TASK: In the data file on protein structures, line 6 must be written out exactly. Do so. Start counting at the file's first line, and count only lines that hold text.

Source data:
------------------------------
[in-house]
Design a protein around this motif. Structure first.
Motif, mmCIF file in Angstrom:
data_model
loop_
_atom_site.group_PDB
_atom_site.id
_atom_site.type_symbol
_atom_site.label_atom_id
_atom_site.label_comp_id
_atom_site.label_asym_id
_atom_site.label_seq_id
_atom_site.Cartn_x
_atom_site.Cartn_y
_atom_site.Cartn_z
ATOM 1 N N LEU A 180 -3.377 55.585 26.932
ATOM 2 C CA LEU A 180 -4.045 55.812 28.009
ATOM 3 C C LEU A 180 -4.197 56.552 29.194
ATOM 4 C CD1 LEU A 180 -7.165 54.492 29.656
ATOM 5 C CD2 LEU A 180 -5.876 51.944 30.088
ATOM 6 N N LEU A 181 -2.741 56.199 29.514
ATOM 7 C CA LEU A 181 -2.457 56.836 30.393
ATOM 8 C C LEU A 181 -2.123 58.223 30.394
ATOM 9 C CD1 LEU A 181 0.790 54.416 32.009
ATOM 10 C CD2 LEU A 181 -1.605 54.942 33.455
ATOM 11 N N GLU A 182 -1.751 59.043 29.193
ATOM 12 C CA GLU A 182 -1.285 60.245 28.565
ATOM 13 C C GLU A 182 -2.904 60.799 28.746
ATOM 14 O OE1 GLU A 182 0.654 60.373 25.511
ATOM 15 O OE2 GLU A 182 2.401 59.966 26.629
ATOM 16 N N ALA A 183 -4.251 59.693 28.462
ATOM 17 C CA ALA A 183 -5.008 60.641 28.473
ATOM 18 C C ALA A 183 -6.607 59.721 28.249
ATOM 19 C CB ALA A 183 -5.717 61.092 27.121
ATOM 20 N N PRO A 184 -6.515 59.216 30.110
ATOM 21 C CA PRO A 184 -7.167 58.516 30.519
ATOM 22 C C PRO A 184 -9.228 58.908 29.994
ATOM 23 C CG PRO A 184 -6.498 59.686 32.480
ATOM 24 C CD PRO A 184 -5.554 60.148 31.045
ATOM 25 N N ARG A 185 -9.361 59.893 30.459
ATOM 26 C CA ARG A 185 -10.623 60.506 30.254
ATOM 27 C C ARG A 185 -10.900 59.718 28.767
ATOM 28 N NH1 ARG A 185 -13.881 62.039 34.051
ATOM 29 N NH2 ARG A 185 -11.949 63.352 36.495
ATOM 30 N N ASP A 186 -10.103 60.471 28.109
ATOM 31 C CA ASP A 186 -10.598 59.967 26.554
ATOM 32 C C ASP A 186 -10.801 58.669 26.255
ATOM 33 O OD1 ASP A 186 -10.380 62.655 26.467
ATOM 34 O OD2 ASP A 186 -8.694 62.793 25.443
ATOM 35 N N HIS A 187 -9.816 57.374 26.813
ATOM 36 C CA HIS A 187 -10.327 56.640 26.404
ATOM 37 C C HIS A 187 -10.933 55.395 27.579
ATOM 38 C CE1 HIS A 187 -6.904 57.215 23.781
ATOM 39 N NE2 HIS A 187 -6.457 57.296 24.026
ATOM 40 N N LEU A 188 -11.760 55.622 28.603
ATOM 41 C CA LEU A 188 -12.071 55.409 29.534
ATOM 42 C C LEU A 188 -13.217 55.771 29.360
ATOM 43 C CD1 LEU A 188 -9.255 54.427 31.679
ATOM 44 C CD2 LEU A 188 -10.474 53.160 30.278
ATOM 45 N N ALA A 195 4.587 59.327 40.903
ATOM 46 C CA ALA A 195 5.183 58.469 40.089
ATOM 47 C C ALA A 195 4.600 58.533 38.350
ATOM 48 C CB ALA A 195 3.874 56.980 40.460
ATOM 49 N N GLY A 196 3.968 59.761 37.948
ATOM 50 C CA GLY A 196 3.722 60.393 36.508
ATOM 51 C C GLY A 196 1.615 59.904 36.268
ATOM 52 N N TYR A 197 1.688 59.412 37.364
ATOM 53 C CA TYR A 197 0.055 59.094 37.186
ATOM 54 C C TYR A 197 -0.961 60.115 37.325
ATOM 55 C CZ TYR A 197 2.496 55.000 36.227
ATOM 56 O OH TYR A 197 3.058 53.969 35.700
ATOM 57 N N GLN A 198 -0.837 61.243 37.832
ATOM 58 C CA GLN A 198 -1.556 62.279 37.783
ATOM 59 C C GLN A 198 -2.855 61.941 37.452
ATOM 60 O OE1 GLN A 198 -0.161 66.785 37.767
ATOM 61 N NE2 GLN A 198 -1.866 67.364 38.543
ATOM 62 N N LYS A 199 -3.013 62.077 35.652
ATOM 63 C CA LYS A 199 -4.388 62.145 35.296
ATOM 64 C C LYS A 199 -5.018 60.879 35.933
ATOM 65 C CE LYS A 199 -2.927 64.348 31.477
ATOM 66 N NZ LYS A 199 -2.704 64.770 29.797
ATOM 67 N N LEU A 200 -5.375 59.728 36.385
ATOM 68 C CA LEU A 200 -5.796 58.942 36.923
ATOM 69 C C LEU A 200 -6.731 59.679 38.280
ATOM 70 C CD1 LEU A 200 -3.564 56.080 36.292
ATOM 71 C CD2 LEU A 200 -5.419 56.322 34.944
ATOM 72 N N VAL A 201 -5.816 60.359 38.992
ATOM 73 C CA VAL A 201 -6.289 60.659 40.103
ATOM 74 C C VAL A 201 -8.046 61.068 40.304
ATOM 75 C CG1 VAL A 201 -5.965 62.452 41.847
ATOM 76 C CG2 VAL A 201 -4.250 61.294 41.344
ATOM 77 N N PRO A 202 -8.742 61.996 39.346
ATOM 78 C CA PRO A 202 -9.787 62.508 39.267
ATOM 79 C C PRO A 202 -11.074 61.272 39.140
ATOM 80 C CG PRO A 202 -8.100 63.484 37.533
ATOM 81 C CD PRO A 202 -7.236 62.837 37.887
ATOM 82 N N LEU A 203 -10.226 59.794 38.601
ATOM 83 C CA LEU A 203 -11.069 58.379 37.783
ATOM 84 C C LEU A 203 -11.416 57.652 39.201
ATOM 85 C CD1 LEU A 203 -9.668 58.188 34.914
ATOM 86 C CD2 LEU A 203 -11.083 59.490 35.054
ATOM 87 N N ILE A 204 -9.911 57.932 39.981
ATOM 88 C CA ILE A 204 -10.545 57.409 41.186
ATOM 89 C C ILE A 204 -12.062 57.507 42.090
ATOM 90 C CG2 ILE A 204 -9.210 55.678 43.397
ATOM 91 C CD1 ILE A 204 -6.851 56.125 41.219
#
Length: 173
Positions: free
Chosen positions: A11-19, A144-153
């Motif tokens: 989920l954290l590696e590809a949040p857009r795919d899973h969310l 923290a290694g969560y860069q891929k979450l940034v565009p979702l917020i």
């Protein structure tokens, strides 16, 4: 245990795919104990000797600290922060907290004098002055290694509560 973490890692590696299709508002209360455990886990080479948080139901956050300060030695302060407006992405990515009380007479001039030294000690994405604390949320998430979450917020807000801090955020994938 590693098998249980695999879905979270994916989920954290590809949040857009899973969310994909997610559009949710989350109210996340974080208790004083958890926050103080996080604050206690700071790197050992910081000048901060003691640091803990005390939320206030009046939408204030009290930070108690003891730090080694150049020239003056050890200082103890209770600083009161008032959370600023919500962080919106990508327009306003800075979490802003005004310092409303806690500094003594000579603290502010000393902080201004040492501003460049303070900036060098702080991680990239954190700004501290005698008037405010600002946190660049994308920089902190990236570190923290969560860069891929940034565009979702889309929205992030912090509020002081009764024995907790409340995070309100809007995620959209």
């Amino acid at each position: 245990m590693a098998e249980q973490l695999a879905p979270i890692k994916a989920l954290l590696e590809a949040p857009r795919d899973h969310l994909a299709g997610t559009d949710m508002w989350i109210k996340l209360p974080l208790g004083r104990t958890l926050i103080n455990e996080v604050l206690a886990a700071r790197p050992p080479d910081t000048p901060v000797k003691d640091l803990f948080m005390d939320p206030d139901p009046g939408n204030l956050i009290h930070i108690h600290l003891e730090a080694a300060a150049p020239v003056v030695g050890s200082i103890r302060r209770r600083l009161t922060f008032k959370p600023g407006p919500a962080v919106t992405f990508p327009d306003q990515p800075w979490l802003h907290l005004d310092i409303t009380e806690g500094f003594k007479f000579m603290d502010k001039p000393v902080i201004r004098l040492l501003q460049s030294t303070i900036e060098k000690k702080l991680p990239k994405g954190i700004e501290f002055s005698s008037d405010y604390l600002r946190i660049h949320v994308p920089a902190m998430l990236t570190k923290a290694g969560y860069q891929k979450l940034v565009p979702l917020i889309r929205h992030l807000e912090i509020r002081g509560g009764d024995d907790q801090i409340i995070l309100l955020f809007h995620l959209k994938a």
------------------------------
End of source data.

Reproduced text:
_atom_site.group_PDB